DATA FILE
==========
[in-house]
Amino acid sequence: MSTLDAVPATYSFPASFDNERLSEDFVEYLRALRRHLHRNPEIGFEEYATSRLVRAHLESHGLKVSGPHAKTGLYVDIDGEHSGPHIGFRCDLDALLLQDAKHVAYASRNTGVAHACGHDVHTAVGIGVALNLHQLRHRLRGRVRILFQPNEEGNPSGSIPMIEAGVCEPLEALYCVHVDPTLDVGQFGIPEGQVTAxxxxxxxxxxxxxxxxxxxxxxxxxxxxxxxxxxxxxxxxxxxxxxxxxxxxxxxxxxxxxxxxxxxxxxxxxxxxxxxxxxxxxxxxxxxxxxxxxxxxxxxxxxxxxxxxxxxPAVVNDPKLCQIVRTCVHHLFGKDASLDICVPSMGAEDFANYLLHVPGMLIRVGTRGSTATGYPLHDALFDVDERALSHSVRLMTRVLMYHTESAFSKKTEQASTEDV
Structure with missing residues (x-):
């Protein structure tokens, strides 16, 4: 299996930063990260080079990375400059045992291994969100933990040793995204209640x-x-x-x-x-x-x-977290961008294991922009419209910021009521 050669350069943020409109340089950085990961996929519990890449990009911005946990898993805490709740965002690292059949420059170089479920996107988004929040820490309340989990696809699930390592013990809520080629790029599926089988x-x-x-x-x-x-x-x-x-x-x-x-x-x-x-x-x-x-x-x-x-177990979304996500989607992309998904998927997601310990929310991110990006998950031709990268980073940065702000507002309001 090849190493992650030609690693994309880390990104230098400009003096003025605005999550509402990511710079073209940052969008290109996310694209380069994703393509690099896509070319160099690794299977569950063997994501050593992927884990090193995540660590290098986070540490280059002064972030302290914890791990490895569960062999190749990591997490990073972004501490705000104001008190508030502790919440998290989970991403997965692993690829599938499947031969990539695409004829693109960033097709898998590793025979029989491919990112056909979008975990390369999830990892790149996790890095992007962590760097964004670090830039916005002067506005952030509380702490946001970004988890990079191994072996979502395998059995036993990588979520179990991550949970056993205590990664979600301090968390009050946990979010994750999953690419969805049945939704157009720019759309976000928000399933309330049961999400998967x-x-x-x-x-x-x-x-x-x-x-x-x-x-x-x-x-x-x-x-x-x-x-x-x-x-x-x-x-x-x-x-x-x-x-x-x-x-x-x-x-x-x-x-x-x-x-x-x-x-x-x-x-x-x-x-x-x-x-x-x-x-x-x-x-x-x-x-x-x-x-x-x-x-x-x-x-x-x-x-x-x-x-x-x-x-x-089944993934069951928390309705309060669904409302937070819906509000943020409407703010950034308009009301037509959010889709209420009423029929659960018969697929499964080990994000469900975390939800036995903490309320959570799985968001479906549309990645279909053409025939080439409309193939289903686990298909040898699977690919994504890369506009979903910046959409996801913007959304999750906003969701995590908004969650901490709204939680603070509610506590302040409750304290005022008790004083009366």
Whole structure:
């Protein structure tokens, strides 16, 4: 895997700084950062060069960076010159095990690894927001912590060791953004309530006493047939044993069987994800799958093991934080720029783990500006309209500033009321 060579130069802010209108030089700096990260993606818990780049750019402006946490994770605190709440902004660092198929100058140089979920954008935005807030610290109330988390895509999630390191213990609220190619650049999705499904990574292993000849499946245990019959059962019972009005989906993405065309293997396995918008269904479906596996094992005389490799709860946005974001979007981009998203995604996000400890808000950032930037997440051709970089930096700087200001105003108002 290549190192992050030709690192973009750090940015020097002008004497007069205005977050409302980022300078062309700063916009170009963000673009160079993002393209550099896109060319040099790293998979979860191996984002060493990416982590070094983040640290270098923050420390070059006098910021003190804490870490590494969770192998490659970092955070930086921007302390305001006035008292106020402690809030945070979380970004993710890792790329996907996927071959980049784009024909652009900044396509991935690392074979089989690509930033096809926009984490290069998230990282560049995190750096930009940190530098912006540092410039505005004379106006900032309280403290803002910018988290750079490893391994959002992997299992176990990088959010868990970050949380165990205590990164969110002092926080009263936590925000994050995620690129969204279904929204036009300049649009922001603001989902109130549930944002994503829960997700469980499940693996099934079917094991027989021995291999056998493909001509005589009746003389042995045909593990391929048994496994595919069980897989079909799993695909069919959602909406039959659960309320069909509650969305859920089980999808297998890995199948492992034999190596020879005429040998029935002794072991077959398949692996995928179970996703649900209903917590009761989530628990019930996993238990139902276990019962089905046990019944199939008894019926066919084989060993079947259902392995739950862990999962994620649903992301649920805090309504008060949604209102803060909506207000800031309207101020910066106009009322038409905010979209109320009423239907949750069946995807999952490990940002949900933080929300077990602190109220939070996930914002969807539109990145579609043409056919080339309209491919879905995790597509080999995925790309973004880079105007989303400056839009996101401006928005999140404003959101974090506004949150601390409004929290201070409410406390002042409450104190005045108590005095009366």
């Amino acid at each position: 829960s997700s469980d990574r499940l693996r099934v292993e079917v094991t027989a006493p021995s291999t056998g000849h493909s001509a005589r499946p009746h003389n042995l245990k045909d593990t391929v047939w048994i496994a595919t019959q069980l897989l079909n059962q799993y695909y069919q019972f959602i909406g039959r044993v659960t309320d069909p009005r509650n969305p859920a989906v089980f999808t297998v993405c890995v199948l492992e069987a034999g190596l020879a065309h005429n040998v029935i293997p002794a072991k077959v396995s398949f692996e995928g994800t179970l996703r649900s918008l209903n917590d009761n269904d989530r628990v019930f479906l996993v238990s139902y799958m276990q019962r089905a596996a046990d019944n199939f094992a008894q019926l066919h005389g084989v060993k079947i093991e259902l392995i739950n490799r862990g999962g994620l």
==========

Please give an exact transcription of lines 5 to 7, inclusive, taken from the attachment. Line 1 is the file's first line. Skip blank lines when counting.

Whole structure:
């Protein structure tokens, strides 16, 4: 895997700084950062060069960076010159095990690894927001912590060791953004309530006493047939044993069987994800799958093991934080720029783990500006309209500033009321 060579130069802010209108030089700096990260993606818990780049750019402006946490994770605190709440902004660092198929100058140089979920954008935005807030610290109330988390895509999630390191213990609220190619650049999705499904990574292993000849499946245990019959059962019972009005989906993405065309293997396995918008269904479906596996094992005389490799709860946005974001979007981009998203995604996000400890808000950032930037997440051709970089930096700087200001105003108002 290549190192992050030709690192973009750090940015020097002008004497007069205005977050409302980022300078062309700063916009170009963000673009160079993002393209550099896109060319040099790293998979979860191996984002060493990416982590070094983040640290270098923050420390070059006098910021003190804490870490590494969770192998490659970092955070930086921007302390305001006035008292106020402690809030945070979380970004993710890792790329996907996927071959980049784009024909652009900044396509991935690392074979089989690509930033096809926009984490290069998230990282560049995190750096930009940190530098912006540092410039505005004379106006900032309280403290803002910018988290750079490893391994959002992997299992176990990088959010868990970050949380165990205590990164969110002092926080009263936590925000994050995620690129969204279904929204036009300049649009922001603001989902109130549930944002994503829960997700469980499940693996099934079917094991027989021995291999056998493909001509005589009746003389042995045909593990391929048994496994595919069980897989079909799993695909069919959602909406039959659960309320069909509650969305859920089980999808297998890995199948492992034999190596020879005429040998029935002794072991077959398949692996995928179970996703649900209903917590009761989530628990019930996993238990139902276990019962089905046990019944199939008894019926066919084989060993079947259902392995739950862990999962994620649903992301649920805090309504008060949604209102803060909506207000800031309207101020910066106009009322038409905010979209109320009423239907949750069946995807999952490990940002949900933080929300077990602190109220939070996930914002969807539109990145579609043409056919080339309209491919879905995790597509080999995925790309973004880079105007989303400056839009996101401006928005999140404003959101974090506004949150601390409004929290201070409410406390002042409450104190005045108590005095009366």
């Amino acid at each position: 829960s997700s469980d990574r499940l693996r099934v292993e079917v094991t027989a006493p021995s291999t056998g000849h493909s001509a005589r499946p009746h003389n042995l245990k045909d593990t391929v047939w048994i496994a595919t019959q069980l897989l079909n059962q799993y695909y069919q019972f959602i909406g039959r044993v659960t309320d069909p009005r509650n969305p859920a989906v089980f999808t297998v993405c890995v199948l492992e069987a034999g190596l020879a065309h005429n040998v029935i293997p002794a072991k077959v396995s398949f692996e995928g994800t179970l996703r649900s918008l209903n917590d009761n269904d989530r628990v019930f479906l996993v238990s139902y799958m276990q019962r089905a596996a046990d019944n199939f094992a008894q019926l066919h005389g084989v060993k079947i093991e259902l392995i739950n490799r862990g999962g994620l």